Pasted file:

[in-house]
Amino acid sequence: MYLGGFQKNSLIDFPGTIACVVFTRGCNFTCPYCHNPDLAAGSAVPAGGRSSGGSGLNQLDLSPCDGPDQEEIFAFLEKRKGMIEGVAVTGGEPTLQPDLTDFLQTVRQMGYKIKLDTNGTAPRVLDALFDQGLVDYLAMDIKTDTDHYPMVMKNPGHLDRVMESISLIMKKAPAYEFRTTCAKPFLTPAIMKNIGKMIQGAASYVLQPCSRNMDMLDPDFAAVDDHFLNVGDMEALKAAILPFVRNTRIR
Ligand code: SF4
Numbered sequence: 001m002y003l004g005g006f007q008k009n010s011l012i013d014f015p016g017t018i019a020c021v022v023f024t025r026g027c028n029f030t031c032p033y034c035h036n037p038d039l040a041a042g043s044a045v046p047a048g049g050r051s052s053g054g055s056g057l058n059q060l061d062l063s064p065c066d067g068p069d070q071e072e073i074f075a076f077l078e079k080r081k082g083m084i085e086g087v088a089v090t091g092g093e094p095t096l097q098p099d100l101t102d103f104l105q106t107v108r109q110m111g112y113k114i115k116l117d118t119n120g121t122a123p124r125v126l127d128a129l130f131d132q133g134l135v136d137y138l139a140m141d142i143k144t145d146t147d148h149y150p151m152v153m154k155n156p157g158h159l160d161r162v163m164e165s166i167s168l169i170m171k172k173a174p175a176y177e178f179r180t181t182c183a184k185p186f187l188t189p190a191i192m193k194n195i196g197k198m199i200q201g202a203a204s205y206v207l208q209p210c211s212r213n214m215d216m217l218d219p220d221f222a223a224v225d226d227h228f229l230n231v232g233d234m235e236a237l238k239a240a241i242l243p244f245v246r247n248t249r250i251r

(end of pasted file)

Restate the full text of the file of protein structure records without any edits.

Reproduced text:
[in-house]
Amino acid sequence: MYLGGFQKNSLIDFPGTIACVVFTRGCNFTCPYCHNPDLAAGSAVPAGGRSSGGSGLNQLDLSPCDGPDQEEIFAFLEKRKGMIEGVAVTGGEPTLQPDLTDFLQTVRQMGYKIKLDTNGTAPRVLDALFDQGLVDYLAMDIKTDTDHYPMVMKNPGHLDRVMESISLIMKKAPAYEFRTTCAKPFLTPAIMKNIGKMIQGAASYVLQPCSRNMDMLDPDFAAVDDHFLNVGDMEALKAAILPFVRNTRIR
Ligand code: SF4
Numbered sequence: 001m002y003l004g005g006f007q008k009n010s011l012i013d014f015p016g017t018i019a020c021v022v023f024t025r026g027c028n029f030t031c032p033y034c035h036n037p038d039l040a041a042g043s044a045v046p047a048g049g050r051s052s053g054g055s056g057l058n059q060l061d062l063s064p065c066d067g068p069d070q071e072e073i074f075a076f077l078e079k080r081k082g083m084i085e086g087v088a089v090t091g092g093e094p095t096l097q098p099d100l101t102d103f104l105q106t107v108r109q110m111g112y113k114i115k116l117d118t119n120g121t122a123p124r125v126l127d128a129l130f131d132q133g134l135v136d137y138l139a140m141d142i143k144t145d146t147d148h149y150p151m152v153m154k155n156p157g158h159l160d161r162v163m164e165s166i167s168l169i170m171k172k173a174p175a176y177e178f179r180t181t182c183a184k185p186f187l188t189p190a191i192m193k194n195i196g197k198m199i200q201g202a203a204s205y206v207l208q209p210c211s212r213n214m215d216m217l218d219p220d221f222a223a224v225d226d227h228f229l230n231v232g233d234m235e236a237l238k239a240a241i242l243p244f245v246r247n248t249r250i251r